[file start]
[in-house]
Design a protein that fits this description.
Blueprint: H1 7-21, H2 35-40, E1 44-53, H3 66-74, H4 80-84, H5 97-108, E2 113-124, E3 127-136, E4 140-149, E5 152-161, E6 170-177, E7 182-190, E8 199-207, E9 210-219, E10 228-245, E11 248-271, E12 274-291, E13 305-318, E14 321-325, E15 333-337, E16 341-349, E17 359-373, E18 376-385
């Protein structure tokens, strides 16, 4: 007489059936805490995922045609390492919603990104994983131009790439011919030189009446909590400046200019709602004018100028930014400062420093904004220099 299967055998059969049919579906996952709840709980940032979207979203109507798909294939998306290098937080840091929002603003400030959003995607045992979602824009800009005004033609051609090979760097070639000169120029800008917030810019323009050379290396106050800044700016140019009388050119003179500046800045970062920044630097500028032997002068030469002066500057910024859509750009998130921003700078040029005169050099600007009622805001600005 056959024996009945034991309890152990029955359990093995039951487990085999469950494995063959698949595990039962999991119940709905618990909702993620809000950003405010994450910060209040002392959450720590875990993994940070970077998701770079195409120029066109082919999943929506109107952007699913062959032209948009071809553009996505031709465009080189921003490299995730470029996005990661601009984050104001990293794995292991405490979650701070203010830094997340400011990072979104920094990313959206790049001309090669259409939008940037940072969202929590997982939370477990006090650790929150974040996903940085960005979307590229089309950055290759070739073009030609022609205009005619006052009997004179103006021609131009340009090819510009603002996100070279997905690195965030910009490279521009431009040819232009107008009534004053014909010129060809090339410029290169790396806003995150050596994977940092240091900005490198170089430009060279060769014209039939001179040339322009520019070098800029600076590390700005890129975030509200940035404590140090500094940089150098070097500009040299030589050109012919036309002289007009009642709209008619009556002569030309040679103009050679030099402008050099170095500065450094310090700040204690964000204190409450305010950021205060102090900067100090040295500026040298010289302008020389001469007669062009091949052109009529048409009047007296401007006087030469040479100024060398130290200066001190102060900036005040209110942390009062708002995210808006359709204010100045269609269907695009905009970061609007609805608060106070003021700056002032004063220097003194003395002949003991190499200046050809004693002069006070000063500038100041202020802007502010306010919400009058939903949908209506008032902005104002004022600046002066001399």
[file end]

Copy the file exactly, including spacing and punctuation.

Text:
[in-house]
Design a protein that fits this description.
Blueprint: H1 7-21, H2 35-40, E1 44-53, H3 66-74, H4 80-84, H5 97-108, E2 113-124, E3 127-136, E4 140-149, E5 152-161, E6 170-177, E7 182-190, E8 199-207, E9 210-219, E10 228-245, E11 248-271, E12 274-291, E13 305-318, E14 321-325, E15 333-337, E16 341-349, E17 359-373, E18 376-385
């Protein structure tokens, strides 16, 4: 007489059936805490995922045609390492919603990104994983131009790439011919030189009446909590400046200019709602004018100028930014400062420093904004220099 299967055998059969049919579906996952709840709980940032979207979203109507798909294939998306290098937080840091929002603003400030959003995607045992979602824009800009005004033609051609090979760097070639000169120029800008917030810019323009050379290396106050800044700016140019009388050119003179500046800045970062920044630097500028032997002068030469002066500057910024859509750009998130921003700078040029005169050099600007009622805001600005 056959024996009945034991309890152990029955359990093995039951487990085999469950494995063959698949595990039962999991119940709905618990909702993620809000950003405010994450910060209040002392959450720590875990993994940070970077998701770079195409120029066109082919999943929506109107952007699913062959032209948009071809553009996505031709465009080189921003490299995730470029996005990661601009984050104001990293794995292991405490979650701070203010830094997340400011990072979104920094990313959206790049001309090669259409939008940037940072969202929590997982939370477990006090650790929150974040996903940085960005979307590229089309950055290759070739073009030609022609205009005619006052009997004179103006021609131009340009090819510009603002996100070279997905690195965030910009490279521009431009040819232009107008009534004053014909010129060809090339410029290169790396806003995150050596994977940092240091900005490198170089430009060279060769014209039939001179040339322009520019070098800029600076590390700005890129975030509200940035404590140090500094940089150098070097500009040299030589050109012919036309002289007009009642709209008619009556002569030309040679103009050679030099402008050099170095500065450094310090700040204690964000204190409450305010950021205060102090900067100090040295500026040298010289302008020389001469007669062009091949052109009529048409009047007296401007006087030469040479100024060398130290200066001190102060900036005040209110942390009062708002995210808006359709204010100045269609269907695009905009970061609007609805608060106070003021700056002032004063220097003194003395002949003991190499200046050809004693002069006070000063500038100041202020802007502010306010919400009058939903949908209506008032902005104002004022600046002066001399």